10/28 weekly scenes & screens
77 items found for your search. If no results were found please broaden your search.
This week, another prolific Houston artist is making their mark on Rice’s largest canvases in the next installation of the Moody Center for the Arts’ season of “Creative Interventions.” Through the week of Oct. 26, internationally acclaimed Houston-based graffiti artist GONZO247 is joining forces with Rice students, alumni and community members to create a mural in celebration of Owl Together, the first combined celebration of Homecoming & Reunion and Families Weekend.
NO MAN’S LAND
If you’ve ever attended one of Insomnia Gallery’s vividly imaginative art shows — frequently reviewed by Thresher staff and featured in our weekly roundup of local arts events in recent years — you’ve been greeted with walls lined with colorful cassette tapes and bins filled with vinyl records old and new to rifle through. Deep End Records, tucked in that front room of the indie gallery since early 2018, was a frequent stop on my first solo adventures in Houston thanks to its laid-back vibe, wide selection and insane affordability — I was incredulous to have been able to snag an Elton John album for just $5 on one of my first visits.
THE CONDOR & THE EAGLE
QUEER PUNK BREAKOUT
KEEPER OF THE HEARTH
AUDRE LORDE DOCUMENTARY
Au revoir macarons, howdy macaroni and cheese topped with Cheeto dust.
In February 2018, construction for the Fort Bend Independent School District's new technology building was underway. After laying a drainage pipe, workers noticed something buried in the dirt — a bone.
“A committee made an announcement: a better future awaits us.” So reads the first of four yellow billboards in the west lawn of Rice’s Brochstein Pavilion. What an inadvertently converse foreshadowing of the difficult weeks and months that have followed the opening of Kameelah Janan Rasheed’s text-based art installation “perhaps, there is no sequel.” This weekend, the Rice community will have the opportunity to engage with Rasheed’s inquiry into futurity once again with a crowd-sourced poem created by Deborah D.E.E.P Mouton, social activist and previous Houston Poet Laureate.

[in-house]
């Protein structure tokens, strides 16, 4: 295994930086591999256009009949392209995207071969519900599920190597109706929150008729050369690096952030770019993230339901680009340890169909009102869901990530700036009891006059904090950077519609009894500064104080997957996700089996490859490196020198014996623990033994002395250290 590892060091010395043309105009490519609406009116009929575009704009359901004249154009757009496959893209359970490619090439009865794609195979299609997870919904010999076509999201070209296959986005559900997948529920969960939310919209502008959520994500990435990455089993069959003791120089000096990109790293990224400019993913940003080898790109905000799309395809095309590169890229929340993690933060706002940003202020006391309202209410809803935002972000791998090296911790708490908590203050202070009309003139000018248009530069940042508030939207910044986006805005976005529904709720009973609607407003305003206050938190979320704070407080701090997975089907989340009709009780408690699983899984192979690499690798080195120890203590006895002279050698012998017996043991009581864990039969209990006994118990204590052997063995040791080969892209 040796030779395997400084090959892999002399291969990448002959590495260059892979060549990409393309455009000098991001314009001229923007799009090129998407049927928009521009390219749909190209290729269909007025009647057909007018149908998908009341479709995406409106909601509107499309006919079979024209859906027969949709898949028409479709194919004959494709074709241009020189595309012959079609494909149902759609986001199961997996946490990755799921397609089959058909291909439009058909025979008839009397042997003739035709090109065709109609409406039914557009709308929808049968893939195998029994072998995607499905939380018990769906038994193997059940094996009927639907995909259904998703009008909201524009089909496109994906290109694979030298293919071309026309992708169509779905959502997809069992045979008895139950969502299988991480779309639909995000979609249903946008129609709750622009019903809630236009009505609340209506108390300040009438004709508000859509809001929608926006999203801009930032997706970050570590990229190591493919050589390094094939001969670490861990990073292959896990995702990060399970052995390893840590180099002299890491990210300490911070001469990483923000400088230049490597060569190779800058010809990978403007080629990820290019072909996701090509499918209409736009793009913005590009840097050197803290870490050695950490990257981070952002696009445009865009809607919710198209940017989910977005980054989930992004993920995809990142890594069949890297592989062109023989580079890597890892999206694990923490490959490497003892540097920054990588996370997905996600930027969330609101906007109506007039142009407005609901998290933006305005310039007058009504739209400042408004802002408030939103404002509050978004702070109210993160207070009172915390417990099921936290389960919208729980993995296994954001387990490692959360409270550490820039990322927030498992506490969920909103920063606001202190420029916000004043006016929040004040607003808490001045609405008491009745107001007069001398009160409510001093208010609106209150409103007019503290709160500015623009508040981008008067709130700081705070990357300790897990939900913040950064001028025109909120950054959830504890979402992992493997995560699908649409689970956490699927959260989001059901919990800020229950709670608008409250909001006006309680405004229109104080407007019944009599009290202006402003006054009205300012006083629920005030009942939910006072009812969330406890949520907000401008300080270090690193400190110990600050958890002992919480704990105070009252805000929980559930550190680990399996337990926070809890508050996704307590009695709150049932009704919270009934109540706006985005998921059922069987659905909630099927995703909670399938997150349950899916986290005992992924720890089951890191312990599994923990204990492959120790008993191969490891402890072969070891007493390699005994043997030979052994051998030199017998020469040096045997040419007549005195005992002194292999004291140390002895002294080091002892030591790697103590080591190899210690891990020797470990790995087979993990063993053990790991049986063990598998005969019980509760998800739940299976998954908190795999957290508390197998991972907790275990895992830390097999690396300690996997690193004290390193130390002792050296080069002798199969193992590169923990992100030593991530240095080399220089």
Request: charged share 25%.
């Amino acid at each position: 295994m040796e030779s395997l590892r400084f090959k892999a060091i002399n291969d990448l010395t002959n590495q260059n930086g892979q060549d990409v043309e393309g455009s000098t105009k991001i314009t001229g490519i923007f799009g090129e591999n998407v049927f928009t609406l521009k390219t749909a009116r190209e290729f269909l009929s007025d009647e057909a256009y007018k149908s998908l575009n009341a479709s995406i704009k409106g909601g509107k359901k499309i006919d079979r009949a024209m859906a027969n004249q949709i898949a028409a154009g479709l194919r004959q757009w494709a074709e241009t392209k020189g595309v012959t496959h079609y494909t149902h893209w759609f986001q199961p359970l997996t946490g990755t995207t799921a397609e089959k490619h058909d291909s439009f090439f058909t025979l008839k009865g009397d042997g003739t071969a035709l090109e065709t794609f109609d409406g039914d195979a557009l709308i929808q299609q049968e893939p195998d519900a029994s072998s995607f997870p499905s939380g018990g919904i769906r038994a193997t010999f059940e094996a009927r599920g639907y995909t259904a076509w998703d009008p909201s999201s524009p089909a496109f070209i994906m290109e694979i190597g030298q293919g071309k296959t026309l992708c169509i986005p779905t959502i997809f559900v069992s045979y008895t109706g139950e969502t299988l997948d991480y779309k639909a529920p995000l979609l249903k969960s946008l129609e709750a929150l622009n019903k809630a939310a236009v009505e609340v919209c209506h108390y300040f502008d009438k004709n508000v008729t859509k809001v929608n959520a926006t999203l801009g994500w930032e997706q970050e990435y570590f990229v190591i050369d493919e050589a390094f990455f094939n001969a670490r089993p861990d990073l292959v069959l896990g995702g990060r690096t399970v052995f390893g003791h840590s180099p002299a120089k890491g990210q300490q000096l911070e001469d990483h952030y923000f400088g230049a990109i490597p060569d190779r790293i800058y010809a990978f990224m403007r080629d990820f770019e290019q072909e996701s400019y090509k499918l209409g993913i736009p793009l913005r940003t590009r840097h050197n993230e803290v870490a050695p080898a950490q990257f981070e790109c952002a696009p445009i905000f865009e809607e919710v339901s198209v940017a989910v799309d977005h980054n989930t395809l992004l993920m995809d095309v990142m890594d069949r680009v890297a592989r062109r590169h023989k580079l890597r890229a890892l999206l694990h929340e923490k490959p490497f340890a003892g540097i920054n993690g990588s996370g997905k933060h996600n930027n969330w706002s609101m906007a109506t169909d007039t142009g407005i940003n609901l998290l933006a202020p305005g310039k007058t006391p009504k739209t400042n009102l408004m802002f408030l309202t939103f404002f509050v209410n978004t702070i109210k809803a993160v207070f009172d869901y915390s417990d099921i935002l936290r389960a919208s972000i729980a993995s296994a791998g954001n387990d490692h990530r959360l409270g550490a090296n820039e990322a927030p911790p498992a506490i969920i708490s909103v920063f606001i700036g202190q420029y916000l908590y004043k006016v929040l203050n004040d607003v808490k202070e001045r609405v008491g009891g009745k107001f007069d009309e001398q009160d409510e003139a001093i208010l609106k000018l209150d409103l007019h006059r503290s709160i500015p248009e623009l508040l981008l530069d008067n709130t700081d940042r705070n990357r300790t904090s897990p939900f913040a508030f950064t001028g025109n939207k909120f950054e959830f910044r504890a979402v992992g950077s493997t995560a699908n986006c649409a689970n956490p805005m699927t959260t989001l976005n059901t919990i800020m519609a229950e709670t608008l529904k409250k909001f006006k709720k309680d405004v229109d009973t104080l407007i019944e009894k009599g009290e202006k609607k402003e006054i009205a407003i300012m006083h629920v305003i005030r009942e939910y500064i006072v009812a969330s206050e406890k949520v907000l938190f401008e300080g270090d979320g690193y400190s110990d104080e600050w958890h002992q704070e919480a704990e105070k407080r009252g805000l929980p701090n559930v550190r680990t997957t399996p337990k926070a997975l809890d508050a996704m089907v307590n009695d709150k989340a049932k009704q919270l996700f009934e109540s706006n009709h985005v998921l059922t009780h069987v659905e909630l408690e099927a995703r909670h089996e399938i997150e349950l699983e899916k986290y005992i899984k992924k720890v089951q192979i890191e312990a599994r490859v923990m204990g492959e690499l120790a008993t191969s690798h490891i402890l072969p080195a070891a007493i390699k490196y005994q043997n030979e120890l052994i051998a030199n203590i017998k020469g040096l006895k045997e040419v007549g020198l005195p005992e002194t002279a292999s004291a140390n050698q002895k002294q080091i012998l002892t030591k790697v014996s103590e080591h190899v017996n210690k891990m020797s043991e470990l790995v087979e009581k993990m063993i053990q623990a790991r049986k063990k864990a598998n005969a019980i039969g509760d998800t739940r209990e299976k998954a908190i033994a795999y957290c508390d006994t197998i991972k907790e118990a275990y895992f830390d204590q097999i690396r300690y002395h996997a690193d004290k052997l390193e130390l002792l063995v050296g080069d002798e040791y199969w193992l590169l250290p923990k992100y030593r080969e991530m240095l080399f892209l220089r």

After recently celebrating the restoration of its original call sign letters last fall, KTRU has entered yet another new chapter in its vibrant history: completely remote operations. Rather than surrendering the airwaves to Robo — the station’s “robot” automated system which plays prerecorded music and announcements on loop — the DJs of Rice Radio have found a way to preserve the human touch that makes KTRU a destination for eclectic music lovers across Houston and beyond.
These days, it seems that everything is undergoing an unstoppable metamorphosis, shedding its old skin and emerging anew and unexpected. Donald Glover seems to be the personification of this transitory moment, since his recent album “3.15.20” has been rumored to be the final project under his psuedonomic stage name, Childish Gambino. With “3.15.20,” Glover is leading the charge into the future with no less anxiety than the rest of us, but with the impeccable finesse desperately needed to remind us of our humanity in the face of apocalypse.
South by Southwest, an annual music, film, technology and media festival held in Austin, was canceled Friday, March 6 amid concerns about COVID-19. The cancellation was ordered after both the City of Austin and Travis County declared a local state of disaster on Friday. Despite having no reported cases of coronavirus in the Austin area, the declarations were signed by Mayor Steve Adler and Travis County Judge Sarah Eckhardt as a precautionary measure against the rapidly escalating epidemic.
It takes a village ... to clothe a child in hundreds of dollars of Travis Scott merch.